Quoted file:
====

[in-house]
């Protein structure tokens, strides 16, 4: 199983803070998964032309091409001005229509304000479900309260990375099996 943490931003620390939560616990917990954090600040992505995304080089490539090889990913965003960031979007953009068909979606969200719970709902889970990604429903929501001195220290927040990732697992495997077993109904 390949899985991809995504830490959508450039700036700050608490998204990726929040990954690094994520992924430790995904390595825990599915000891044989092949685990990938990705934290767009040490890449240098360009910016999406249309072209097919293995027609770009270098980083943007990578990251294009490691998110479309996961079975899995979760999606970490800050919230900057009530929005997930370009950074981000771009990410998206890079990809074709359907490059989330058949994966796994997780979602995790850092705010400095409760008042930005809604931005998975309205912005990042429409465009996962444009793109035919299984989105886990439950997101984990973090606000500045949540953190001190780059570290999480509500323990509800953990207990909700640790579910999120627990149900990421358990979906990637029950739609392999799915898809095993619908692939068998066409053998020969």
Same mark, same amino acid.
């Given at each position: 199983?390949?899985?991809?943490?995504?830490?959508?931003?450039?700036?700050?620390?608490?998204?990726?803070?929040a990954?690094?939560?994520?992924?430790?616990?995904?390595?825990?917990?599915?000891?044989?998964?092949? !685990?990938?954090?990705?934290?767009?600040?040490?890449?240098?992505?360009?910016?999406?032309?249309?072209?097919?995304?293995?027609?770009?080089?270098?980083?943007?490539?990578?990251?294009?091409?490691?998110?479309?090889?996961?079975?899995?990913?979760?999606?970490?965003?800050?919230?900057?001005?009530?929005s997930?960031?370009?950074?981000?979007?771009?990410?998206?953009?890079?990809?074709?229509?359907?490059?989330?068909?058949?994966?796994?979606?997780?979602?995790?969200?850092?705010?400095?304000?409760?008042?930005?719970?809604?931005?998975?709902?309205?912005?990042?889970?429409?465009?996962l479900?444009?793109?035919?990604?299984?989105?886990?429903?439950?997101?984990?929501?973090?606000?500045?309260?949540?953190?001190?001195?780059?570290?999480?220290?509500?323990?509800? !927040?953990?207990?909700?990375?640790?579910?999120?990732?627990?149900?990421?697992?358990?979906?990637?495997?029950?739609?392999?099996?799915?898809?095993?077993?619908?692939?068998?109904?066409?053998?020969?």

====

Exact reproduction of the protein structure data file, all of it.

[in-house]
């Protein structure tokens, strides 16, 4: 199983803070998964032309091409001005229509304000479900309260990375099996 943490931003620390939560616990917990954090600040992505995304080089490539090889990913965003960031979007953009068909979606969200719970709902889970990604429903929501001195220290927040990732697992495997077993109904 390949899985991809995504830490959508450039700036700050608490998204990726929040990954690094994520992924430790995904390595825990599915000891044989092949685990990938990705934290767009040490890449240098360009910016999406249309072209097919293995027609770009270098980083943007990578990251294009490691998110479309996961079975899995979760999606970490800050919230900057009530929005997930370009950074981000771009990410998206890079990809074709359907490059989330058949994966796994997780979602995790850092705010400095409760008042930005809604931005998975309205912005990042429409465009996962444009793109035919299984989105886990439950997101984990973090606000500045949540953190001190780059570290999480509500323990509800953990207990909700640790579910999120627990149900990421358990979906990637029950739609392999799915898809095993619908692939068998066409053998020969």
Same mark, same amino acid.
């Given at each position: 199983?390949?899985?991809?943490?995504?830490?959508?931003?450039?700036?700050?620390?608490?998204?990726?803070?929040a990954?690094?939560?994520?992924?430790?616990?995904?390595?825990?917990?599915?000891?044989?998964?092949? !685990?990938?954090?990705?934290?767009?600040?040490?890449?240098?992505?360009?910016?999406?032309?249309?072209?097919?995304?293995?027609?770009?080089?270098?980083?943007?490539?990578?990251?294009?091409?490691?998110?479309?090889?996961?079975?899995?990913?979760?999606?970490?965003?800050?919230?900057?001005?009530?929005s997930?960031?370009?950074?981000?979007?771009?990410?998206?953009?890079?990809?074709?229509?359907?490059?989330?068909?058949?994966?796994?979606?997780?979602?995790?969200?850092?705010?400095?304000?409760?008042?930005?719970?809604?931005?998975?709902?309205?912005?990042?889970?429409?465009?996962l479900?444009?793109?035919?990604?299984?989105?886990?429903?439950?997101?984990?929501?973090?606000?500045?309260?949540?953190?001190?001195?780059?570290?999480?220290?509500?323990?509800? !927040?953990?207990?909700?990375?640790?579910?999120?990732?627990?149900?990421?697992?358990?979906?990637?495997?029950?739609?392999?099996?799915?898809?095993?077993?619908?692939?068998?109904?066409?053998?020969?």